Whilst negotiations have continued since our last update on 23 January there is still no agreement for a new permanent Award. Despite the best efforts of both parties over the last six months, we remain a good deal apart on several key issues.
Sick leave is one such issue. In simple terms, the Department’s proposals for a new sick leave protocol have all revolved around sticks (only the size has varied) with which to beat our allegedly wayward members. The Union has, on the other hand, been advocating carrots. The Department’s proposed new regime would see members who were deemed to have exceeded “reasonable” sick leave limits and/or patterns become the subject of targeted intervention and sanctions, including interviews by senior officers, referral to the BMO, denial of transfers and overtime and – ultimately – disciplinary action. The Union countered with an innovative proposal whereby cash bonuses of up to $1,600 pa would be paid to every member who maintained a rolling 5 year average of 100 hours or less sick leave each calendar year. Their bottom line was that our carrots (which they rejected) cost a lot more than their sticks (which we rejected), and we’re now locked in stalemate.
Sick leave and the broader causes for overtime (including staff shortages) are complex and difficult issues, not least because nobody in the Department appears to actually know the size of the so-called problem. In fact the absence of any credible statistics leaves us questioning whether there is really a problem at all. Anyway, the next time someone lobs up to your station to lecture you about the X number of hours everyone is taking, tell them to give us a call at the Union office because nobody (and we mean nobody) in “The Tower” appears to have the figures.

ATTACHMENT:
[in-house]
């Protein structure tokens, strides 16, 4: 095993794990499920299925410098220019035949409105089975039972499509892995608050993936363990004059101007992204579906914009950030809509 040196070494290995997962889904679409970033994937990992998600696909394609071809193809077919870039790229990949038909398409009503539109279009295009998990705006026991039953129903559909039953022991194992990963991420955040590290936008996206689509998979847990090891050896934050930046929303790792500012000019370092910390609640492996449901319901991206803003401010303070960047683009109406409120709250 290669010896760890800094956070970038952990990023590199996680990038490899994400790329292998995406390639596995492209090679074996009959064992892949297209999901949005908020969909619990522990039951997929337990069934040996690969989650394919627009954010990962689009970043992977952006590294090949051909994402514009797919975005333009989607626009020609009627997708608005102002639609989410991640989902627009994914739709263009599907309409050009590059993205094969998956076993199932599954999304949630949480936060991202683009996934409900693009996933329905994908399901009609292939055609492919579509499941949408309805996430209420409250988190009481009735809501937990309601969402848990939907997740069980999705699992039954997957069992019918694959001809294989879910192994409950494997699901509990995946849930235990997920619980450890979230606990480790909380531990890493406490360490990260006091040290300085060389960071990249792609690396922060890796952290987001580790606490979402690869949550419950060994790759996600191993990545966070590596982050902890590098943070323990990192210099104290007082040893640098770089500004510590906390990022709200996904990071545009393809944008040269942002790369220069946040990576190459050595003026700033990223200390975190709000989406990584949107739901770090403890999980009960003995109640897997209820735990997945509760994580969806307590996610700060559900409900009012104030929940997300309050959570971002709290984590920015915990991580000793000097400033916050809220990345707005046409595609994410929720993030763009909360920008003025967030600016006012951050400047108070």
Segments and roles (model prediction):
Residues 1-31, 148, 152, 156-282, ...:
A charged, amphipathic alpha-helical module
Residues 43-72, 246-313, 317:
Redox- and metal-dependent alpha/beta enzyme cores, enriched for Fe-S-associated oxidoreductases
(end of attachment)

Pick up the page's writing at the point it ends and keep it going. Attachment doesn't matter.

It will come as no surprise to members to learn that the other major areas of disagreement are the quantum (ie, % wage increases) and term (ie, duration) of the new Award. Members will recall that the Government’s original position was for 3% plus 3% over two years. In a sign of at least some progress, the Department last week made two new offers – the first being an across-the-board 4% plus 3% over two years, and the second a divisive proposal whereby S/O’s and Inspectors would receive 4.5% and 3% at the expense of all other ranks, who would only receive 3.75% and 3%. The State Committee rejected both offers in favour of a revised claim of 4% for one year, which would then be followed by another Award which would be negotiated and in place from February 2005.
The Commissioner today confirmed that discussions between the highest levels of the Department and Government over the last two days are expected to result in another offer being put to us by this coming Monday 23 February, or Tuesday 24 February at the very latest. A further update will be circulated to all members’ workplaces, and posted to the Union’s website, once that offer has been received.
In closing, our thanks go to Comrade Les Roach (84 B) who has kindly written to correct what appears to have been misleading advice in the last Union notice:
“Re the info re retirement in the current newsletter, you may be in error in what you have advised. I have been advised by the Paymaster (in writing) not to retire until Sat 6th March this would mean working one day in the new pay period thereby establishing the new pay rates as of the date of my retirement. Regards, Les Roach.”